Unless or until it’s stopped, the National Labor Relations Board regulation that denies employees time to consider whether to join a union by putting union elections on an inappropriately fast track will go into effect on April 14th. This is troubling to manufacturers because there is scant evidence anywhere that the union election process needs to be sped up at all and the regulation would force employers to turn over closely guarded personal information such as an employee’s cell phone number and work schedule. Read More
The NAM is pleased that the Administration finally moved forward with allowing spouses of certain H-1B visa-holders to have employment authorization. The wait for a green card can be more than a decade for some visa-holders, and during that time their spouses, who many times are highly-educated and skilled themselves, were not permitted to work. This creates frustration and instability for many manufacturing families. Today the Administration officially announced they are finalizing new regulations that allow certain spouses to have work authorization. Under the new rule, only the spouses of individuals in the final stages of the H-1B process and waiting in-line to clear the excessive green-card backlog, will be permitted to work. Read More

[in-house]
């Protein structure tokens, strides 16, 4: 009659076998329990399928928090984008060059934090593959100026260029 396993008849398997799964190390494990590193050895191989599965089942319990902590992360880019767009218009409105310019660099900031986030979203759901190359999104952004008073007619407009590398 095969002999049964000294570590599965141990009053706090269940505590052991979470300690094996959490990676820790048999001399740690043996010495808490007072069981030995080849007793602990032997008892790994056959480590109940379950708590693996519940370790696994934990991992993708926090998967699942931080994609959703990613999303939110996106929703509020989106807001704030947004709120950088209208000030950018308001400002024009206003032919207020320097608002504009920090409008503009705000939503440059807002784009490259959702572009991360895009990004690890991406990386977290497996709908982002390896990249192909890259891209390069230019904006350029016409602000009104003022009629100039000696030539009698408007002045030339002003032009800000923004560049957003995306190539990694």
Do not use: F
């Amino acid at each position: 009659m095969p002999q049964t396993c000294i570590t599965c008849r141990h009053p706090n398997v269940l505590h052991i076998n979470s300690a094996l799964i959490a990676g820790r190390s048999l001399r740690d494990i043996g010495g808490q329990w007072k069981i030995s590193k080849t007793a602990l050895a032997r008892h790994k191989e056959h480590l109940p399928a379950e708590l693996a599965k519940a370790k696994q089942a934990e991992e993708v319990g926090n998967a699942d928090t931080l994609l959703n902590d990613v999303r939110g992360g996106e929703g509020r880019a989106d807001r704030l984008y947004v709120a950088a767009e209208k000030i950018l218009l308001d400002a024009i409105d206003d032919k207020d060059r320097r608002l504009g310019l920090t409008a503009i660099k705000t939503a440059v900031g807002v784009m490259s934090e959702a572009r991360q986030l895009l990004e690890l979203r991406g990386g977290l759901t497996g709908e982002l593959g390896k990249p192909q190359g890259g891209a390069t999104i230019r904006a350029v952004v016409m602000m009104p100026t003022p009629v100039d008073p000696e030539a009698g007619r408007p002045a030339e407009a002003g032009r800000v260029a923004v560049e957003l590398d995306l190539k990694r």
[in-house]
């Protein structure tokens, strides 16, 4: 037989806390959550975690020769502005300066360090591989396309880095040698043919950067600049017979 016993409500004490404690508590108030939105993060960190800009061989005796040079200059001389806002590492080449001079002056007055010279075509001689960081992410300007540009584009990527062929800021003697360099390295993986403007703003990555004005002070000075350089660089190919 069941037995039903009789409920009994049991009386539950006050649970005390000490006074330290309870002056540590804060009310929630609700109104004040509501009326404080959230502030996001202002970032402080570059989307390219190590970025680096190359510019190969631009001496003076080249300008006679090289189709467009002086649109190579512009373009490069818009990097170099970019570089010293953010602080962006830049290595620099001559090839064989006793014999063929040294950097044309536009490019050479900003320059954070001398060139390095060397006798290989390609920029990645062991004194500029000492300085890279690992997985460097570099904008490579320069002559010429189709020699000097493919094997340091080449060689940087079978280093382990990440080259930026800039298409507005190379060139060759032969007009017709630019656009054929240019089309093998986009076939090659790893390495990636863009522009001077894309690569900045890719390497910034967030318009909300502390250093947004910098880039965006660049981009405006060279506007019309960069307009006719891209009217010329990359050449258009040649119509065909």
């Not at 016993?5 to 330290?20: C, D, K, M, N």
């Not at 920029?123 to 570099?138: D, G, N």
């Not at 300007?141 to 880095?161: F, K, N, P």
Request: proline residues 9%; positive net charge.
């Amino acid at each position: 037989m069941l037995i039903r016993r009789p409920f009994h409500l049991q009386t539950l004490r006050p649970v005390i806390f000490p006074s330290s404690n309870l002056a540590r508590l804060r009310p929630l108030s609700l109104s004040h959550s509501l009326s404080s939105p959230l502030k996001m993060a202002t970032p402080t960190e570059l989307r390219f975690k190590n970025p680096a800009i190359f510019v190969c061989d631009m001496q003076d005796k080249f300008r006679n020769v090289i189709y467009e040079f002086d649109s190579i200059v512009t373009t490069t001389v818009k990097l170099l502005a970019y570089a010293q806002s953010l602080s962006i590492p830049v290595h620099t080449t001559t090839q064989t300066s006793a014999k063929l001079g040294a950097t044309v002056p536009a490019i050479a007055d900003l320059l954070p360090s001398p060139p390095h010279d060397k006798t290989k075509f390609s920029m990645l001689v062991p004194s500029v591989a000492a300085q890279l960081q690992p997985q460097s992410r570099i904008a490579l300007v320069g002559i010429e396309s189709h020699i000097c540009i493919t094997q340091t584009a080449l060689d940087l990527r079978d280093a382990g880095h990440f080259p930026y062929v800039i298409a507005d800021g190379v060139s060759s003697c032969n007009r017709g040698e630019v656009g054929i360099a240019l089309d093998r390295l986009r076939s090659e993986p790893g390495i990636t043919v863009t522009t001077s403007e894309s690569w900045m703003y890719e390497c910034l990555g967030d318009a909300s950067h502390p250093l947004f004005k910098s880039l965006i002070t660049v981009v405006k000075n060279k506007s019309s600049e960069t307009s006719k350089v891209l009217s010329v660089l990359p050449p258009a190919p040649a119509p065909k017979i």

Tomorrow, the U.S. Supreme Court will hear the case Peggy Young v. United Parcel Services, Inc. where the Court will examine the Pregnancy Discrimination Act (PDA) and consider “whether, and in what circumstances, an employer that provides work accommodations to non-pregnant employees with work limitations must provide comparable work accommodations to pregnant employees.” Read More
As Members of the 114th Congress descend on Washington for orientation, and the 113th Congress convenes for the upcoming lame duck session, manufacturers stand ready to work with our leaders to advance policies that will enable us to continue to grow and create jobs. Manufacturers believe that now is the time to set aside the differences that have resulted in gridlock, and focus on the pro-growth policies that brought voters to the polls. Simply put, it is time to govern and grow. Read More